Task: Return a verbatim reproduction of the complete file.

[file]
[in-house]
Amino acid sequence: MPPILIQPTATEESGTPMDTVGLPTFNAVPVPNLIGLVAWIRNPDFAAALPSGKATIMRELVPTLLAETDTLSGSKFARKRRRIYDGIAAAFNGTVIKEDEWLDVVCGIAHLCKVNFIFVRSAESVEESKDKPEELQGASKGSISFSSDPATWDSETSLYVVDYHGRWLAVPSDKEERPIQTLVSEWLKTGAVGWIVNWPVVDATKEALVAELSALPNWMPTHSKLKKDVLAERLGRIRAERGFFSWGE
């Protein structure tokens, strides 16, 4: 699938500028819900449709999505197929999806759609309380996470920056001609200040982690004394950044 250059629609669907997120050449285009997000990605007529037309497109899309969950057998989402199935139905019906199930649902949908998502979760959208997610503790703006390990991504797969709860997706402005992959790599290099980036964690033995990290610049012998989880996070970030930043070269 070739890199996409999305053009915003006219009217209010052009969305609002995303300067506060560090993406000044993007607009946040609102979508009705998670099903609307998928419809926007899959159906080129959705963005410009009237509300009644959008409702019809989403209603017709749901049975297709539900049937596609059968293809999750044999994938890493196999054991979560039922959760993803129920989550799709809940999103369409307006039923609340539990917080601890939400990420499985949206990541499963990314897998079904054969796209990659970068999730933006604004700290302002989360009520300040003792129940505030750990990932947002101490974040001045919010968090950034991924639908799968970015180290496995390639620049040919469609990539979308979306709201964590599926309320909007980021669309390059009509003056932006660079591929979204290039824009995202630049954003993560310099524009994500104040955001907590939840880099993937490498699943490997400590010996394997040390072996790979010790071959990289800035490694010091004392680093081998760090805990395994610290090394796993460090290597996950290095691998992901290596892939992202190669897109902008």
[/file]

[in-house]
Amino acid sequence: MPPILIQPTATEESGTPMDTVGLPTFNAVPVPNLIGLVAWIRNPDFAAALPSGKATIMRELVPTLLAETDTLSGSKFARKRRRIYDGIAAAFNGTVIKEDEWLDVVCGIAHLCKVNFIFVRSAESVEESKDKPEELQGASKGSISFSSDPATWDSETSLYVVDYHGRWLAVPSDKEERPIQTLVSEWLKTGAVGWIVNWPVVDATKEALVAELSALPNWMPTHSKLKKDVLAERLGRIRAERGFFSWGE
């Protein structure tokens, strides 16, 4: 699938500028819900449709999505197929999806759609309380996470920056001609200040982690004394950044 250059629609669907997120050449285009997000990605007529037309497109899309969950057998989402199935139905019906199930649902949908998502979760959208997610503790703006390990991504797969709860997706402005992959790599290099980036964690033995990290610049012998989880996070970030930043070269 070739890199996409999305053009915003006219009217209010052009969305609002995303300067506060560090993406000044993007607009946040609102979508009705998670099903609307998928419809926007899959159906080129959705963005410009009237509300009644959008409702019809989403209603017709749901049975297709539900049937596609059968293809999750044999994938890493196999054991979560039922959760993803129920989550799709809940999103369409307006039923609340539990917080601890939400990420499985949206990541499963990314897998079904054969796209990659970068999730933006604004700290302002989360009520300040003792129940505030750990990932947002101490974040001045919010968090950034991924639908799968970015180290496995390639620049040919469609990539979308979306709201964590599926309320909007980021669309390059009509003056932006660079591929979204290039824009995202630049954003993560310099524009994500104040955001907590939840880099993937490498699943490997400590010996394997040390072996790979010790071959990289800035490694010091004392680093081998760090805990395994610290090394796993460090290597996950290095691998992901290596892939992202190669897109902008």